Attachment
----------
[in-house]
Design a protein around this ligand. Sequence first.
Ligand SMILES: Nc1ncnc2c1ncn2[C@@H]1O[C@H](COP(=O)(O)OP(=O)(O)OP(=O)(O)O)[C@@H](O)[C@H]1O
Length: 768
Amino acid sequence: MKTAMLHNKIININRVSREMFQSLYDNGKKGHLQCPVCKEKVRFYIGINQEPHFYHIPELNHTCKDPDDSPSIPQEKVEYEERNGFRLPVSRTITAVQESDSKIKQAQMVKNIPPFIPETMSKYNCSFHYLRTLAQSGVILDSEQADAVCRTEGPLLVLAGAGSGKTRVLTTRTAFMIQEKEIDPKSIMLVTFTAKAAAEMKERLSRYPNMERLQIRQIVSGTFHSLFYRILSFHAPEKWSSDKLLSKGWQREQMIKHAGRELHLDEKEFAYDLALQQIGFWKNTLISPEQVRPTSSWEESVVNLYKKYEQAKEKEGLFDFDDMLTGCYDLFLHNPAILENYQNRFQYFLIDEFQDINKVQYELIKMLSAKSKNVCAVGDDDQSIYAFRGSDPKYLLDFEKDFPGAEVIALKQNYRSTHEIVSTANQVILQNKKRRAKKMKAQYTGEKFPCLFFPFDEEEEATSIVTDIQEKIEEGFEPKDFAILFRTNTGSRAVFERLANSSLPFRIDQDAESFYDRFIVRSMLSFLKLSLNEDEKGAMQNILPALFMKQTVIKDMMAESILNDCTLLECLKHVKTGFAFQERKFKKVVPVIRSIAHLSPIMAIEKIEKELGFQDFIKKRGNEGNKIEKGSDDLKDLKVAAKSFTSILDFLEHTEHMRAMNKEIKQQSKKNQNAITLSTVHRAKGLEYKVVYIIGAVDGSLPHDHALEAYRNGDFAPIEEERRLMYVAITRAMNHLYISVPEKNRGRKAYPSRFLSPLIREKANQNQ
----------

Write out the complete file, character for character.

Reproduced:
[in-house]
Design a protein around this ligand. Sequence first.
Ligand SMILES: Nc1ncnc2c1ncn2[C@@H]1O[C@H](COP(=O)(O)OP(=O)(O)OP(=O)(O)O)[C@@H](O)[C@H]1O
Length: 768
Amino acid sequence: MKTAMLHNKIININRVSREMFQSLYDNGKKGHLQCPVCKEKVRFYIGINQEPHFYHIPELNHTCKDPDDSPSIPQEKVEYEERNGFRLPVSRTITAVQESDSKIKQAQMVKNIPPFIPETMSKYNCSFHYLRTLAQSGVILDSEQADAVCRTEGPLLVLAGAGSGKTRVLTTRTAFMIQEKEIDPKSIMLVTFTAKAAAEMKERLSRYPNMERLQIRQIVSGTFHSLFYRILSFHAPEKWSSDKLLSKGWQREQMIKHAGRELHLDEKEFAYDLALQQIGFWKNTLISPEQVRPTSSWEESVVNLYKKYEQAKEKEGLFDFDDMLTGCYDLFLHNPAILENYQNRFQYFLIDEFQDINKVQYELIKMLSAKSKNVCAVGDDDQSIYAFRGSDPKYLLDFEKDFPGAEVIALKQNYRSTHEIVSTANQVILQNKKRRAKKMKAQYTGEKFPCLFFPFDEEEEATSIVTDIQEKIEEGFEPKDFAILFRTNTGSRAVFERLANSSLPFRIDQDAESFYDRFIVRSMLSFLKLSLNEDEKGAMQNILPALFMKQTVIKDMMAESILNDCTLLECLKHVKTGFAFQERKFKKVVPVIRSIAHLSPIMAIEKIEKELGFQDFIKKRGNEGNKIEKGSDDLKDLKVAAKSFTSILDFLEHTEHMRAMNKEIKQQSKKNQNAITLSTVHRAKGLEYKVVYIIGAVDGSLPHDHALEAYRNGDFAPIEEERRLMYVAITRAMNHLYISVPEKNRGRKAYPSRFLSPLIREKANQNQ